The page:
Mowi Canada West now has 23 salmon farms certified to the ASC Salmon Standard. Photo: Bruce Vizueta / Mowi.

Mowi achieves ASC world first in First Nations territory

Mowi Canada West has become the world’s first aquaculture company to successfully achieve certification under the Aquaculture Stewardship Council (ASC) multi-site certification methodology after independent third-party auditors certified three Klemtu area salmon farms in British Columbia to the ASC Salmon Standard. 

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Mowi Canada West now has 23 salmon farms certified to the ASC Salmon Standard, representing about 75% of the company’s production. 

“I am proud of our salmon farmers and certification team for this achievement, which confirms our leading environmental performance” said Mowi Canada West managing director Dr Diane Morrison. “Achieving the ASC certification for our farms demonstrates our commitment to social and environmental sustainability and to transparency in our practices.”

Diane Morrison: "Transparency in our practices".

Diverse stakeholders

The three sites certified sites through the multi-site methodology – Alexander Inlet, Goat Cove and Kid Bay - are operated in the traditional territory of the Kitasoo Xai’Xais First Nation. Mowi and the Kitasoo have had an agreement for salmon farming and processing for the past 20 years.

Certification of multiple sites under the multi-methodology was announced by the ASC in August 2017 and became available to farmers seeking certification later that year.

The final process was developed following two public consultations in 2016 and 2017 and, as outlined on the ASC website, “reflects valuable input from numerous and diverse stakeholder groups, including producers, environmental NGOs and certification and accreditation bodies”.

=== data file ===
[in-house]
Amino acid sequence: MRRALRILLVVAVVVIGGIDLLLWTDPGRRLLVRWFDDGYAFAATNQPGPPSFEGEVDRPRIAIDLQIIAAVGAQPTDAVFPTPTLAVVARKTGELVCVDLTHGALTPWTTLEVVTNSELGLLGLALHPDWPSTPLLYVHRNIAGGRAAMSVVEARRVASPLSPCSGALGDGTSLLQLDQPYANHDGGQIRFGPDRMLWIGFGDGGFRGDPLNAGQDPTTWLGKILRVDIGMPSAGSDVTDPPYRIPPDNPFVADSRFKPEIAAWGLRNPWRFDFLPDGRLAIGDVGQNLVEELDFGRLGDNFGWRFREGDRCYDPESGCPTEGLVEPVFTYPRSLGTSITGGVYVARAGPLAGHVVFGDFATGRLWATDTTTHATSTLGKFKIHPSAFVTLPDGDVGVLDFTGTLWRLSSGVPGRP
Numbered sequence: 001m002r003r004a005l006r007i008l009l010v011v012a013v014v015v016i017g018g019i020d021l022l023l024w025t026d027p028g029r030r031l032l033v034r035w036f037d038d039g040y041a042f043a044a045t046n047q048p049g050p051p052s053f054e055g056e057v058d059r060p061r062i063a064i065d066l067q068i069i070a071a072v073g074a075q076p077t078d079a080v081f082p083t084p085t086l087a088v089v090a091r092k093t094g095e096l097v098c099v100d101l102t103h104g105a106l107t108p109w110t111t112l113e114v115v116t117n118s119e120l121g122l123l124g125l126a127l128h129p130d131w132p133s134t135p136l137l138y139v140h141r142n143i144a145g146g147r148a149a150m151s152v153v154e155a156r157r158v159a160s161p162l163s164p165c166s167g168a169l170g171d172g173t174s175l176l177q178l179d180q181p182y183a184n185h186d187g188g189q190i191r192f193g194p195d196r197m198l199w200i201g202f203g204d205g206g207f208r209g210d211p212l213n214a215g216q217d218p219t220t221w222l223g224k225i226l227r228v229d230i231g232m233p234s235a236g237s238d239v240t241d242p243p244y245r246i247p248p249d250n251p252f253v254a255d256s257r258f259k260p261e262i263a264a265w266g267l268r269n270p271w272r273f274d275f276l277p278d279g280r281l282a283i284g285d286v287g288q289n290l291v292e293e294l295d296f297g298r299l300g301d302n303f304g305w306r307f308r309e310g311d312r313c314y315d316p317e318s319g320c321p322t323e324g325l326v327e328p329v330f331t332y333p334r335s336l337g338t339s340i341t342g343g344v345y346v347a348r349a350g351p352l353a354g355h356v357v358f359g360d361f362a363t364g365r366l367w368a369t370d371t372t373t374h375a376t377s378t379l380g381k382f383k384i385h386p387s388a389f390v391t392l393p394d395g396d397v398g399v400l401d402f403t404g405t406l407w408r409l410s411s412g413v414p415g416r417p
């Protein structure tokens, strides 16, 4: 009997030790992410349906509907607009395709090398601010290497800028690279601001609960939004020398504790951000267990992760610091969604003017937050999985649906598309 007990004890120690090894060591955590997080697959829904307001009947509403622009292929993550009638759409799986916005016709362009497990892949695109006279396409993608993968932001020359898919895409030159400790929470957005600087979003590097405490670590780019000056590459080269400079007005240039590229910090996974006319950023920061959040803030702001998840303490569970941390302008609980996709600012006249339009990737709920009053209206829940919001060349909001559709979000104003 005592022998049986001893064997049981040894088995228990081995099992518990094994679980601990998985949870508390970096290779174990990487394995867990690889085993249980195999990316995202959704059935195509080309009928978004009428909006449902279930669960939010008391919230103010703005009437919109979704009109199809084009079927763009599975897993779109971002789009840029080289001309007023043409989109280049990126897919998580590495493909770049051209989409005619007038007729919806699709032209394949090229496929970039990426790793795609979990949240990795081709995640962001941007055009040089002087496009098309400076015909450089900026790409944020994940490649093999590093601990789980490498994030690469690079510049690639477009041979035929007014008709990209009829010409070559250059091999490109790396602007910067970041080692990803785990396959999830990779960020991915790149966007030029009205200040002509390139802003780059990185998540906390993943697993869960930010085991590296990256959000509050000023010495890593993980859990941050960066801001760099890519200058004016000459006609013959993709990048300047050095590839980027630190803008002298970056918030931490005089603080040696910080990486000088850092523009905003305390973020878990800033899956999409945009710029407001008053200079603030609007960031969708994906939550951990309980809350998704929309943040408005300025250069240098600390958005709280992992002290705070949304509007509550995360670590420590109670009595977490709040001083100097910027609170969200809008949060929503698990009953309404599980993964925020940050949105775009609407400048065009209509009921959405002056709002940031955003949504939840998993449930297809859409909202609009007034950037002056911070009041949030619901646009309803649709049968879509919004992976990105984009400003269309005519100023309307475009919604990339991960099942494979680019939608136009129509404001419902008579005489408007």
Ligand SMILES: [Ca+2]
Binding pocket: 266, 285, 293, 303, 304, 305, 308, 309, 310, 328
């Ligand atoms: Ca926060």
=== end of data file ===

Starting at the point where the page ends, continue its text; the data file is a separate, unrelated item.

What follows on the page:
Loch-raised smolts

Mowi is working towards the goal of 100% certification to the ASC Standard across all its sites by 2020, although currently only one of Mowi Scotland’s sites – at Loch Leven – is ASC certififed.

This is because Mowi stocks many of its seawater sites with smolts grown in freshwater lochs, something that has until now disqualified them from ASC certification.

An ASC standards review that would allow for smolts to be raised in cages in any water body, if the smolt site is certified to the ASC Freshwater Trout Standard, is due to be completed by the third quarter of 2019.

ASC chief executive Chris Ninnes and supervisory board member Scott Nichols were accompanied by Mowi Scotland managing director Ben Hadfield on a fact-finding visit to a smolt site at Loch Lochy in August last year.

Hadfield said at the time that Mowi Scotland already maintained several quality, environmental and animal welfare standards that recognised and audited its full production cycle taking place in freshwater and at sea.

“The ASC standard is also a certification scheme we are very much wanting to pursue,” added Hadfield.